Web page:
Of course, when I, as "Smartass College Boy" showed up the trade school guy and his community college (not completed) boss (mine too), besides derailing the hardware goodies (the Controlller liked my idea) my days there were numbered.  But that is another story....



  •  @indigodarkwolf said:

    @communist_goatboy said:

    Given this argument, this wunder-coder's circle-of-knowledge is a point.

     

    I love one-dimensional coders. The OP reminds me of the story behind one of my predecessors where I work. Apparently, the guy didn't understand what structs or classes were, nor did he believe in their usefulness. I believe his argument was that it was much faster to use parallel arrays of primitive types, or something. He was quickly fired, and his code was scrapped. We just don't tolerate that kind of nonsense where I work, and thank heavens.

    Yeah I get the same kind of joy here where I work.  Apparently the coder before me knew OF Struts, but didn't realize that Struts had its own set of tags that could be used. No no no, she thought it was WAY better to have 100% scriptlet goodness instead of using the logic or iterate tags, or perhaps even an HTML:OPTIONS with some ListValuesBeans.  Lovely :)



  • @indigodarkwolf said:

    I believe his argument was that it
    was much faster to use parallel arrays of primitive types, or
    something. He was quickly fired, and his code was scrapped. We just
    don't tolerate that kind of nonsense where I work, and thank heavens.

    @Wolftaur said:
    Parallel arrays are slightly forgivable if the person dates
    back enough years.
     

    Actually,
    they're the latest and greatest programming technique, or you could say
    that their time has come round again.  Neither of you two have any
    experience of vector or SIMD programming, by any chance?  Parallel
    arrays of primitive types are very frequently the optimal way to
    implement parallelised algorithms when the only factor limiting your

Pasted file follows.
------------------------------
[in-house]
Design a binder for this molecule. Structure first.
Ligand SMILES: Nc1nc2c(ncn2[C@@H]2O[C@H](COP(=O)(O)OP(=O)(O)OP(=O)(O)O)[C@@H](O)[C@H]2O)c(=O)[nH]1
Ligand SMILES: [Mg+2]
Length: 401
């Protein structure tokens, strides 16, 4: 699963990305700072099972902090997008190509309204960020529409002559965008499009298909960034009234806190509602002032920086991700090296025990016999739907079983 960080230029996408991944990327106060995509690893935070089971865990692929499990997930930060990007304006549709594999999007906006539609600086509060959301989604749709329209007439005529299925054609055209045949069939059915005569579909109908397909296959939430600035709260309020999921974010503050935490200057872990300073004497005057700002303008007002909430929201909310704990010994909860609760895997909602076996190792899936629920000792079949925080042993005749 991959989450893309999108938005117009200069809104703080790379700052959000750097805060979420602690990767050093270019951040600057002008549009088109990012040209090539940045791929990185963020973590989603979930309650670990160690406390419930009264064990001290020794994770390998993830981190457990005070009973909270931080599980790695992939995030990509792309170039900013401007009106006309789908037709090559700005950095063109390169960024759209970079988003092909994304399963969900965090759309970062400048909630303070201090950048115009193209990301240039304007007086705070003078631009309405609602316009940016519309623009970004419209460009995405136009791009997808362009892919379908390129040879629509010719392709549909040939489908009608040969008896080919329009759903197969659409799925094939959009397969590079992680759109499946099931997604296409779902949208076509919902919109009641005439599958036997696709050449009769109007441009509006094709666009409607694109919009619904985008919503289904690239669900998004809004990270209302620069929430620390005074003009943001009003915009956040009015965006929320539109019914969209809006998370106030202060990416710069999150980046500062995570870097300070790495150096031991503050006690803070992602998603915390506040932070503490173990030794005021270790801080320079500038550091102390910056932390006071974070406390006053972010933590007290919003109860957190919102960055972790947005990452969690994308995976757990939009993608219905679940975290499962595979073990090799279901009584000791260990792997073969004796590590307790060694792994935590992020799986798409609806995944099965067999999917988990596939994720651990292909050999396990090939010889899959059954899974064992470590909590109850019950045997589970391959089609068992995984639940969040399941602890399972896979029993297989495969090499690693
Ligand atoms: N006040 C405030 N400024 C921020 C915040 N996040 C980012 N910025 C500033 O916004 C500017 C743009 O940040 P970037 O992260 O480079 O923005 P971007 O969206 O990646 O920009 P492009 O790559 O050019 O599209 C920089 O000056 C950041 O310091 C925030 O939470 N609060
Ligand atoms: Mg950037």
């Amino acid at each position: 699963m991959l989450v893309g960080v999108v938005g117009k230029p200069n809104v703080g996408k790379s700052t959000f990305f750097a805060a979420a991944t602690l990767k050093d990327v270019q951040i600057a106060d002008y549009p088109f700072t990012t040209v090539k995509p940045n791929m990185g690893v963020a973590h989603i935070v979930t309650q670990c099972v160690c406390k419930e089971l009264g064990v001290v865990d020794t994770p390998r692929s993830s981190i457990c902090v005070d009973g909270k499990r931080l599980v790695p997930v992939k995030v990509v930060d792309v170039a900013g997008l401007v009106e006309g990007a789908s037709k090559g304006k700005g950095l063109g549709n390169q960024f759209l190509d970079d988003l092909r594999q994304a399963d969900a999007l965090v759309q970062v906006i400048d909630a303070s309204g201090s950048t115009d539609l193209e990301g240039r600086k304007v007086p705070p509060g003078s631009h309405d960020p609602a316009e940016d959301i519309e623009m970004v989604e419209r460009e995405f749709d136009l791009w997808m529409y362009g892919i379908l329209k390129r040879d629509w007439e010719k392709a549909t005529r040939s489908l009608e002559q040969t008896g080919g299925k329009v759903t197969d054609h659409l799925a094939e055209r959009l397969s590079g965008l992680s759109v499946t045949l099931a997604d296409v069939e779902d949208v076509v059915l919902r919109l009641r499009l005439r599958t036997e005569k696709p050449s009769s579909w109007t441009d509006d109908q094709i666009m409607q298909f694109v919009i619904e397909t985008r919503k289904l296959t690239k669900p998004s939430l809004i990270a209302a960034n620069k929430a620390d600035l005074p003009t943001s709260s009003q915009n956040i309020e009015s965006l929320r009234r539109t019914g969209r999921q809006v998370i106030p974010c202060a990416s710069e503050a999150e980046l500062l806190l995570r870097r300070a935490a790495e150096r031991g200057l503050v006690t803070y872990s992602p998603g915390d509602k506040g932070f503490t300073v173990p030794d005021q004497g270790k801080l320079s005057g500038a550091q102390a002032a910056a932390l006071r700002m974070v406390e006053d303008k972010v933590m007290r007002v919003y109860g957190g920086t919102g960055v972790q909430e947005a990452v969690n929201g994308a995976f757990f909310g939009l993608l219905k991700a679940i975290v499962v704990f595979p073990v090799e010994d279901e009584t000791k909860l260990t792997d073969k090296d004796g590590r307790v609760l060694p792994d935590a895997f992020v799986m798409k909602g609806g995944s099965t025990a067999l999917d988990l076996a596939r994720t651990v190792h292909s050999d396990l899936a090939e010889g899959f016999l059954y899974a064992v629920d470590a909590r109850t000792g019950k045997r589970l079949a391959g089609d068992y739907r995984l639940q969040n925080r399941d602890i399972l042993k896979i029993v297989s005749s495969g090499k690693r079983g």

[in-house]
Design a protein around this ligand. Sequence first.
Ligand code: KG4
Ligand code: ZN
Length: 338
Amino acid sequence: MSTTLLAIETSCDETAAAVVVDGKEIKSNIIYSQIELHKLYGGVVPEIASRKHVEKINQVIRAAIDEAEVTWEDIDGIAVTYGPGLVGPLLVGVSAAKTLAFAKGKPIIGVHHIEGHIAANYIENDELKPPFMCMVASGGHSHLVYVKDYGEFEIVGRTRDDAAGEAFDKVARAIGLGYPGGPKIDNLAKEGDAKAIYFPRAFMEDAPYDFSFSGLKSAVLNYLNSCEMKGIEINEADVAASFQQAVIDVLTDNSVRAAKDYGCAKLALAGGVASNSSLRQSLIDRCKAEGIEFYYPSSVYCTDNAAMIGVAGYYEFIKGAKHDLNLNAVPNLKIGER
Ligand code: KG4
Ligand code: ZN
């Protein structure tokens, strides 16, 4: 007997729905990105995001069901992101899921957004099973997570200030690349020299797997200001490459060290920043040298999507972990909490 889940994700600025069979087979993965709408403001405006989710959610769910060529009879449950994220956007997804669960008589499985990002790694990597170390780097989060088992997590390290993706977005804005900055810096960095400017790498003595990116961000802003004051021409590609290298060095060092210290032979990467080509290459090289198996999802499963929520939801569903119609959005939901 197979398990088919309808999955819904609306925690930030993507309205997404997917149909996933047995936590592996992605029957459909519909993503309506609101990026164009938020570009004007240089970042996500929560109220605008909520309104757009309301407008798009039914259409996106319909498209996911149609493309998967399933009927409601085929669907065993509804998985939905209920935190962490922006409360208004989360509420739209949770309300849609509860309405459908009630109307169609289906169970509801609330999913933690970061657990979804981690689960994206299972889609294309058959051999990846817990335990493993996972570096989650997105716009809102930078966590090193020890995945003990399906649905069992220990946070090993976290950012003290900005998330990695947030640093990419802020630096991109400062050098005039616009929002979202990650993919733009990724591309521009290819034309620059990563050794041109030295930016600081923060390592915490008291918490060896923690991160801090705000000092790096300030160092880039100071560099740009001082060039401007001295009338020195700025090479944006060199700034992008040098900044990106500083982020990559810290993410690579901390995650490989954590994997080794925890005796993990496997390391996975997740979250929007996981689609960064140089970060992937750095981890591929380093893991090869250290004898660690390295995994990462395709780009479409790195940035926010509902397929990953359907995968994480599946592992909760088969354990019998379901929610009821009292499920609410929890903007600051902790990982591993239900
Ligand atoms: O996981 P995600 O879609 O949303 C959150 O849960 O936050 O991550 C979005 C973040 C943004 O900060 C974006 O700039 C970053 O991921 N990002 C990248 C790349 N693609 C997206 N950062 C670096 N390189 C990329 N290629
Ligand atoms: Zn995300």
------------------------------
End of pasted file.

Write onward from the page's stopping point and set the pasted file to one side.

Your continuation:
computation throughput is the cpu to memory bandwidth and the only
    thing you have to help you is an ordinary line-based set-associative
    L1/L2 cache.

    This of course doesn't invalidate your point that
    anyone who's never even heard of structs is an idiot, but it does
    invalidate the implied conclusion that parallel arrays are never a valid programming technique.



  • @curtmack said:

    @indigodarkwolf said:

    @communist_goatboy said:

    Given this argument, this wunder-coder's circle-of-knowledge is a point.

     

    I love one-dimensional coders.

     

    A point has zero dimensions. 

     

    Perhaps if he puts a hand in at each side and pulls as hard as he can, he could turn it into a goatse of knowledge?  



  • @DaveK said:
    Perhaps if he puts a hand in at each side and pulls as hard as he can, he could turn it into a goatse of knowledge?



  • @DaveK said:

    Neither of you two have any
    experience of vector or SIMD programming, by any chance?

    This of course doesn't invalidate your point that
    anyone who's never even heard of structs is an idiot, but it does
    invalidate the implied conclusion that parallel arrays are never a valid programming technique.

    Sounds like shaders/rendering work. Fair enough. There are many programming tools which all have their uses. Fortunately, I'm not in that position, and unfortunately for my predecessor, neither was he. :P



  • @TwelveBaud said:

     

    <pic>
    Oh well done sir!  You win an internets!